For the time since it acquired YouTube in 2006, Google disclosed YouTube numbers in its earnings call. YouTube ads raked in $4.7 billion in revenues in Q4 2019, and a total of $15.1 billion in 2019. YouTube Music and YouTube Premium (ad-free YouTube) have 20 million subscribers, and YouTube TV has 2 million paid subscribers. Revenues from these subscriptions products are bundled into “other” revenues, which stood at $5.2 billion this quarter and include Google Home speakers and Pixel phone.
Ad revenue from the video platform has grown at 35% for the past two fiscal years, from $8 billion in 2017, to $11 billion in 2018, and finally $15 billion in 2019. YouTube ads’ contribution to Google’s revenues has gradually been increasing from around 7% in 2017 to just a little over 9% in 2019.
When asked about YouTube’s payments strategy, Sundar Pichai, who took over as Alphabet CEO from Google’s co-founders in December, said that payments play a critical role and work better when there’s minimal friction. “We’ve had a lot of traction with our payments product over the past 18 months.”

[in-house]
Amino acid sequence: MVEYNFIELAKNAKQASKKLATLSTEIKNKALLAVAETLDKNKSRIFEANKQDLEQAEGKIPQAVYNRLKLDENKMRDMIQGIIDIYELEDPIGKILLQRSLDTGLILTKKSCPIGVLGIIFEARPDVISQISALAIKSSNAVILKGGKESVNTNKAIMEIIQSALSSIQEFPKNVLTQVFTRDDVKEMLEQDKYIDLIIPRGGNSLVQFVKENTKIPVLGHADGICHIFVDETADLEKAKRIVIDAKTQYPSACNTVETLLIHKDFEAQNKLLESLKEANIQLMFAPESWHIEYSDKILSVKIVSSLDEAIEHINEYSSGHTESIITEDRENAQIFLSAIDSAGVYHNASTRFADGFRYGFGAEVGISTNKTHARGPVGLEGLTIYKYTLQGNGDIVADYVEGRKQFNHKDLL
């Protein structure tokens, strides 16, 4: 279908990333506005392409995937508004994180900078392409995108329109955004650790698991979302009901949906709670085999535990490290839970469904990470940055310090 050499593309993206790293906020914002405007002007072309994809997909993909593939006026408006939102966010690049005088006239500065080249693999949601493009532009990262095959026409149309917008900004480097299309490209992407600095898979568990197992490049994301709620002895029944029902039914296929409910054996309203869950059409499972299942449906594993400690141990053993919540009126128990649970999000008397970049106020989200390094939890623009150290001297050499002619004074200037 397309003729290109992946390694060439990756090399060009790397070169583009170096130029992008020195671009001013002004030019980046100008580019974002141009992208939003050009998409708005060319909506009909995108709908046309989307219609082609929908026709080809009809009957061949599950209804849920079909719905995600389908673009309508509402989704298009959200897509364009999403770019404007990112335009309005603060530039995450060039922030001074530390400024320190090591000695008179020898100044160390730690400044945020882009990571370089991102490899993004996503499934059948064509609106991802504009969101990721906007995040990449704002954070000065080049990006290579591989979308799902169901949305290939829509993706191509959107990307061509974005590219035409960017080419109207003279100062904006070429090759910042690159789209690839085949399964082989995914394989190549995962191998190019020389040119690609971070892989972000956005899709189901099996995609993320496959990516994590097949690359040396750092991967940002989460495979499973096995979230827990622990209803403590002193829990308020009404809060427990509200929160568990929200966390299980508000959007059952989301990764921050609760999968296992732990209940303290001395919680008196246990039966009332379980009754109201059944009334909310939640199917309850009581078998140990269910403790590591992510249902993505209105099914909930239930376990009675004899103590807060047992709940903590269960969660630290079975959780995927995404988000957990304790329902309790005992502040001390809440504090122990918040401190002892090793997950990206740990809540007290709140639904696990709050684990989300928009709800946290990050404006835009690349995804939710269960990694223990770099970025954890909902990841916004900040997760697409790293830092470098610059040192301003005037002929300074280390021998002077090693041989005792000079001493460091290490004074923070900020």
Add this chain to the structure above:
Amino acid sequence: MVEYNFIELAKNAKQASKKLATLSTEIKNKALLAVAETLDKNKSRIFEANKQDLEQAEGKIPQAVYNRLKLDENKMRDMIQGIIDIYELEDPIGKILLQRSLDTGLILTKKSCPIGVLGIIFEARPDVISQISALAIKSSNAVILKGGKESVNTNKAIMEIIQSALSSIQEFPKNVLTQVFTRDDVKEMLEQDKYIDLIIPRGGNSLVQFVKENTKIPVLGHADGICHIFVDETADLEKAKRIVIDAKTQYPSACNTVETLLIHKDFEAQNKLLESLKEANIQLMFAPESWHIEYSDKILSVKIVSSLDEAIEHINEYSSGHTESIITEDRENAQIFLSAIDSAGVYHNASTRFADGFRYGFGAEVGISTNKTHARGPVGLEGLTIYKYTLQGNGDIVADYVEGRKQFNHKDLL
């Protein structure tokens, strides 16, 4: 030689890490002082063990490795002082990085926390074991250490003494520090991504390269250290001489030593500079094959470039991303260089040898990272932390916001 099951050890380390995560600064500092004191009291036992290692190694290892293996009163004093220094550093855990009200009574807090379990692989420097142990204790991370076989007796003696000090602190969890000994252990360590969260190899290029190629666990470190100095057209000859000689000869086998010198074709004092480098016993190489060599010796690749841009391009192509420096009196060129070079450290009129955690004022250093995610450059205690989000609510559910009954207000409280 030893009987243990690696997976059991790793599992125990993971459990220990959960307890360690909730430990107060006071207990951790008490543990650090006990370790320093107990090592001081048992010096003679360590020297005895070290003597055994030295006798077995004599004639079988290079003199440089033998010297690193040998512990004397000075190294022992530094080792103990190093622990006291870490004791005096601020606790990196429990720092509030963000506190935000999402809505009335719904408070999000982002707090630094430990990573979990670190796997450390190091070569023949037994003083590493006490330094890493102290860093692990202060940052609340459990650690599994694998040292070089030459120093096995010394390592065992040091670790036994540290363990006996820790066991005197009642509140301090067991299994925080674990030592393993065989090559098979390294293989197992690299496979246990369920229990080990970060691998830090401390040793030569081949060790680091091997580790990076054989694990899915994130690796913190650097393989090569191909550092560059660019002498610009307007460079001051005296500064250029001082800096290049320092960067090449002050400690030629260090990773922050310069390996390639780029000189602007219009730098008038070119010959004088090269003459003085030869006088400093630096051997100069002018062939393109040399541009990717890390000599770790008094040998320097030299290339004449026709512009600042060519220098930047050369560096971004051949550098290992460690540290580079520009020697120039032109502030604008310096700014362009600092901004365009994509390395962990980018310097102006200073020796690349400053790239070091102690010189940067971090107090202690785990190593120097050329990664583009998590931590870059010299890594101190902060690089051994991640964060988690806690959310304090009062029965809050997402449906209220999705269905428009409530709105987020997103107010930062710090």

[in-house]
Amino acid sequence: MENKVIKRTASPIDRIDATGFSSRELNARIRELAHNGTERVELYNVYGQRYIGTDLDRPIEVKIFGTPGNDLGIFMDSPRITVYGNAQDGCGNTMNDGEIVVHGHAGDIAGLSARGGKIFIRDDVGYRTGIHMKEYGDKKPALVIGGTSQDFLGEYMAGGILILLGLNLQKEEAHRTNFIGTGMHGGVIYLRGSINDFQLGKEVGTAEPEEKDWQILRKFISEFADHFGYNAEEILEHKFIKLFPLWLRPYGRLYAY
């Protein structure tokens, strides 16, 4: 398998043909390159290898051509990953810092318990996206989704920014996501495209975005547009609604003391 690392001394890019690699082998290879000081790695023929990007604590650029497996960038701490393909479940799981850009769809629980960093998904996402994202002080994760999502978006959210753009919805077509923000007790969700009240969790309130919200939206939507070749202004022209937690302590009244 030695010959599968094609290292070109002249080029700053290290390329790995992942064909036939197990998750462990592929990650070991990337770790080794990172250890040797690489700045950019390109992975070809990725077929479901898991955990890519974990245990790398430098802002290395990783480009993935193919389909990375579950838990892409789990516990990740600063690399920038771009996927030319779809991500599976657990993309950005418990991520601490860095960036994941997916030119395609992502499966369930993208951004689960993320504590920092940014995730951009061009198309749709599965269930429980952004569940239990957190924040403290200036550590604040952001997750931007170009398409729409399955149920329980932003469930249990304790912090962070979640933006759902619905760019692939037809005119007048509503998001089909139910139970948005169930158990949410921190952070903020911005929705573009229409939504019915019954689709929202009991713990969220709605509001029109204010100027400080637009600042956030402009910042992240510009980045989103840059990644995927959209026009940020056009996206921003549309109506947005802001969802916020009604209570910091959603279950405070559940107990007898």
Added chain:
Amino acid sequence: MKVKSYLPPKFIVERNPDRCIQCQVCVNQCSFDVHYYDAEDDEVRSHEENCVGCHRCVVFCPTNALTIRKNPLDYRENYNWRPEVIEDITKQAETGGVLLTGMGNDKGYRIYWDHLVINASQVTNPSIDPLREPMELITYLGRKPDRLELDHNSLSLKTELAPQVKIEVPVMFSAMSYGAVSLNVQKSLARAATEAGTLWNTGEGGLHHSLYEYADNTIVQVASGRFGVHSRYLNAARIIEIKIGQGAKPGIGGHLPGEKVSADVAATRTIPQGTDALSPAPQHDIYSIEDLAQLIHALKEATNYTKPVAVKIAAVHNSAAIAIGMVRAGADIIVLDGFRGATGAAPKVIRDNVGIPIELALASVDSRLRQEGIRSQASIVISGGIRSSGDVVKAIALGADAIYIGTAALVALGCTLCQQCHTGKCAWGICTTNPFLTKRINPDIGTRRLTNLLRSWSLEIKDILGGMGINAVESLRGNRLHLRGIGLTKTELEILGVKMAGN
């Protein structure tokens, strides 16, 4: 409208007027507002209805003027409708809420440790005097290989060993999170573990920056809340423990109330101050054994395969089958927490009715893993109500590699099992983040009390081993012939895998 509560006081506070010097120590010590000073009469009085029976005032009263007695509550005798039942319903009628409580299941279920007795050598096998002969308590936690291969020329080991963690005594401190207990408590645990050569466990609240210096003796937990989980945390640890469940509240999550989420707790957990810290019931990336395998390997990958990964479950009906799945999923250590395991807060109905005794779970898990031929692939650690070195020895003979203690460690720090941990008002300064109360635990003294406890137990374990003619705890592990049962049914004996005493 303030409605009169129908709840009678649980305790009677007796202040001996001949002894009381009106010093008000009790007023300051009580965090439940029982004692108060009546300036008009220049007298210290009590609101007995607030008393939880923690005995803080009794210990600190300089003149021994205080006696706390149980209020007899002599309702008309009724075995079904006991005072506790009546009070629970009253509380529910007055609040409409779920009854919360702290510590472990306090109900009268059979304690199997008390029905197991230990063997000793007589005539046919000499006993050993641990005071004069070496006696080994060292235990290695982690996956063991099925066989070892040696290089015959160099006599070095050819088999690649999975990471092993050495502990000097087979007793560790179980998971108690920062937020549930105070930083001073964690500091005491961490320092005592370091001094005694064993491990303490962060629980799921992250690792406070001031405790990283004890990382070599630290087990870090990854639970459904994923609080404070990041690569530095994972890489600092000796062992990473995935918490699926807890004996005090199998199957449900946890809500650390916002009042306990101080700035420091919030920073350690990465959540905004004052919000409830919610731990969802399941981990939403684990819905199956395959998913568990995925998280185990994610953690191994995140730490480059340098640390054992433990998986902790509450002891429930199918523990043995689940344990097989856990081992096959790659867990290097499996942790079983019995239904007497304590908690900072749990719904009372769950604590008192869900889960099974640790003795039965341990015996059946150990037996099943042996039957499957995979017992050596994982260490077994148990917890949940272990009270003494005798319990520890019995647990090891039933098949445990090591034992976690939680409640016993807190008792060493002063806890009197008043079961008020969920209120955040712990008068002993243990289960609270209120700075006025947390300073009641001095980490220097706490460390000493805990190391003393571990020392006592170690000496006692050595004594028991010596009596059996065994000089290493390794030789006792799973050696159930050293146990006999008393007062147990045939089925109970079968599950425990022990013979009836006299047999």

“We had a tremendously successful launch in India from which we learnt a lot of features, and we are bringing that and we are revamping our payments products globally.” — Sundar Pichai
YouTube launched its subscription services — music streaming service YouTube Music Premium and YouTube Premium (basically ad-free YouTube) — in India in March 2019. YouTube Premium also includes access to YouTube original programming. The music streaming service cost Rs 99 per month, and both services are bundle in a Rs 129 per month package.
We see substantial continuing opportunity is in direct response, as well as with brand advertisers . . . the non-advertising services at YouTube, mainly from subscriptions reached a $3 billion revenue run rate in the fourth quarter. We continue to invest across YouTube to grow over the long-term. In the ad supported proportion of YouTube, we pay out a majority of revenues to our creators, reflected in our content acquisition costs.
— Google CFO Ruth Porat
To increase monetisation and add commerce partnerships, YouTube is also letting brands insert a “call to action” in a video ad, such as “signing up for a newsletter or scheduling an appointment or downloading an app or booking a trip”.